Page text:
Academia de Studii Economice Bucuresti

Amfiteatru Economic
Facultatea de Business si Turism

The Analysis of Romania’s External Migration and of the Causality between Remittances and Romania’s Economic Growth

Author:Viorica Chirila and Ciprian Chirila

JEL:F22, F24, C30


Keywords:remittances, international migration, emigration of labour force, investments, gross domestic product, Granger causality, Romania.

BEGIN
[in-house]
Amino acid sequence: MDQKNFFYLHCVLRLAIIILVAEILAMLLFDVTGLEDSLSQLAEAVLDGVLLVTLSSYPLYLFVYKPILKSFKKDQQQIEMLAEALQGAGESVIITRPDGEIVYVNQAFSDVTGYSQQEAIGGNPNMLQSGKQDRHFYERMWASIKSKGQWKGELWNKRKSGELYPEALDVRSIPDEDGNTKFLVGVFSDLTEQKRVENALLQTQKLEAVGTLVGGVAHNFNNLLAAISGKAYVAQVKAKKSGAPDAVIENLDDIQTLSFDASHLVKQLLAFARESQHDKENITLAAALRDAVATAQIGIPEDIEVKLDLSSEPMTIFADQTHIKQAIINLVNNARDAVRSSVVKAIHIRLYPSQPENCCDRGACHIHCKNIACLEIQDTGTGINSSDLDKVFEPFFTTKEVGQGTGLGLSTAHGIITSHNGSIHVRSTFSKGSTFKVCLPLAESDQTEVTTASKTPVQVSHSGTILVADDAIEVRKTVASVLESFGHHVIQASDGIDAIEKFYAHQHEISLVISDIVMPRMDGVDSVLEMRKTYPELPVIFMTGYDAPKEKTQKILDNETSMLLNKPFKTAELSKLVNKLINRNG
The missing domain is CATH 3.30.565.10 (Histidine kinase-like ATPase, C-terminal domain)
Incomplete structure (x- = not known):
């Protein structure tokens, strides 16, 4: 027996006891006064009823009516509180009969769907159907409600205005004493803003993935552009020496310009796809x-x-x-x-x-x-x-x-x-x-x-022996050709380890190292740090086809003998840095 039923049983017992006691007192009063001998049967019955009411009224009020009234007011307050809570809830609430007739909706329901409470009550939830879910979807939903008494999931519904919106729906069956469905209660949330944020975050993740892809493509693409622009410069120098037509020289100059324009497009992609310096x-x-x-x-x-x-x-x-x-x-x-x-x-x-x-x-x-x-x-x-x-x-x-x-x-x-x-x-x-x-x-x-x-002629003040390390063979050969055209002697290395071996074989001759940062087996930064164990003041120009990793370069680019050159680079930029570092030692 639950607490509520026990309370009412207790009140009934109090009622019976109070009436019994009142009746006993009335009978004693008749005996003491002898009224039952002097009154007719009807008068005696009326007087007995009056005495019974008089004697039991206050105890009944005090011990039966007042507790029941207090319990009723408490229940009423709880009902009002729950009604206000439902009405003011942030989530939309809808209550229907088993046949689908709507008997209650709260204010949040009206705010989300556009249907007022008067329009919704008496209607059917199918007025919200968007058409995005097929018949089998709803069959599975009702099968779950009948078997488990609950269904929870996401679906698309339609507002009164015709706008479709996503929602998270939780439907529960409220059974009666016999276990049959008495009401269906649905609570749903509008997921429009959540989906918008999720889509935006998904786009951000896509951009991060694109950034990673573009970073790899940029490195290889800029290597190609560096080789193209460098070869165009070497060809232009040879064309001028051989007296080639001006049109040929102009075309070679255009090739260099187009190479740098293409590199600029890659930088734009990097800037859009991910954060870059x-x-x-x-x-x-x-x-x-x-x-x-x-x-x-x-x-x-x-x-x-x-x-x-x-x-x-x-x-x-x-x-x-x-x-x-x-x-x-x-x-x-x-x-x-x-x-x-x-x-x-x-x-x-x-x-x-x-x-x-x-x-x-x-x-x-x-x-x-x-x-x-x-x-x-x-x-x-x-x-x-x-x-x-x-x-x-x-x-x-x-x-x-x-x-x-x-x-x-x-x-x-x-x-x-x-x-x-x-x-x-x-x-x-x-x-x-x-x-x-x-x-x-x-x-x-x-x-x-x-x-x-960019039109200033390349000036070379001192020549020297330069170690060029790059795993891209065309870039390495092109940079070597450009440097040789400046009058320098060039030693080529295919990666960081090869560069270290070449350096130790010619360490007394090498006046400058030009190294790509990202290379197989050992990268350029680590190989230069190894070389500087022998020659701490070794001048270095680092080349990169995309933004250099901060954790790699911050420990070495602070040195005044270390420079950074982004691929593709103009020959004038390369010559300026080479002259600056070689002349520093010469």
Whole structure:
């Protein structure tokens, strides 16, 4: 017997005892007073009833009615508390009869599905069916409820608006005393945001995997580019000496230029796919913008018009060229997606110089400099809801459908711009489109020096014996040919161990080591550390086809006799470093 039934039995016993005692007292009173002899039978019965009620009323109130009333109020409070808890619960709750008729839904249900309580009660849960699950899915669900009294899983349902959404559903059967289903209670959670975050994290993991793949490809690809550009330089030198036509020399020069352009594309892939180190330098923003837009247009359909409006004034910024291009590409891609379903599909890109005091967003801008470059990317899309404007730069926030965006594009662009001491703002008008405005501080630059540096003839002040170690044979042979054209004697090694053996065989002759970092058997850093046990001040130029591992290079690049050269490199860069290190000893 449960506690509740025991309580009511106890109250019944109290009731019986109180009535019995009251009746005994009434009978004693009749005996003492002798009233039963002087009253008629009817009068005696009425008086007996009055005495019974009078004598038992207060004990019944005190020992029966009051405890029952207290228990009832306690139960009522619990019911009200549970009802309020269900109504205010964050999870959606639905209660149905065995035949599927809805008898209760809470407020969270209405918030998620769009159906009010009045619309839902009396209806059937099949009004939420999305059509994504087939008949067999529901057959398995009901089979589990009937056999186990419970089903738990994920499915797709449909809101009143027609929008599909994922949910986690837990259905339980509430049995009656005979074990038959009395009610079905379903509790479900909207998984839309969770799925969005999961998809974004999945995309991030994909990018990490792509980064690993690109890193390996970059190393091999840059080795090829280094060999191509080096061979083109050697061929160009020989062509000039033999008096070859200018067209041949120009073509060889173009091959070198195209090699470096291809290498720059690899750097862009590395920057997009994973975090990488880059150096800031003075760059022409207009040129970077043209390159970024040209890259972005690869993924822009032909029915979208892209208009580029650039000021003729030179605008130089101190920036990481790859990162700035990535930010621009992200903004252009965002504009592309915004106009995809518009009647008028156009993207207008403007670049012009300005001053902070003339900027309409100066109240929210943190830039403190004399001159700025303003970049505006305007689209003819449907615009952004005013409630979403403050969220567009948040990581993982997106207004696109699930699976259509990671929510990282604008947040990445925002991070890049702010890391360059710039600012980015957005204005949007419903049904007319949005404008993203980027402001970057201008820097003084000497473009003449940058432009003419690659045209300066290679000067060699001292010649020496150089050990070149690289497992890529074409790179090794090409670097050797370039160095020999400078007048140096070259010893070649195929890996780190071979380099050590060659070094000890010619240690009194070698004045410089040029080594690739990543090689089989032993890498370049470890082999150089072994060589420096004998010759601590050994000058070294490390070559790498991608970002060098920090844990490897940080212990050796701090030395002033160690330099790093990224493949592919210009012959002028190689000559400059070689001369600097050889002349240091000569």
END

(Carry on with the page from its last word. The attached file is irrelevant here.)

The Central and East European countries are affected after the fall of the communism, by the international migration for work towards the developed countries. The adherence to the European Union and the lift of restrictions on the labour market in Western Europe facilitated the short-term and definitive emigration. The temporary and definitive departure of a part of the labour force from the emigration countries led to a significant flow of remittances. Being viewed as the main gain of the loss of labour force, remittances are important at macroeconomic level to the extent in which they bring in the receiving country economic growth. The emigration of the labour force may have a positive or a negative influence on the economy of a country according to the way in which remittances received are used by emigrants. This study analyses the impact that the remittances have on the economic development of the country, on investments and exports in Romania. The characteristics of macroeconomic variables used require, for the econometric analysis, the determination of the Granger causality by means of the Toda and Yamamoto’s procedure (1995). The results obtained confirm that remittances do not Granger cause either the economic development of Romania expressed in the GDP, or the investments or the exports.
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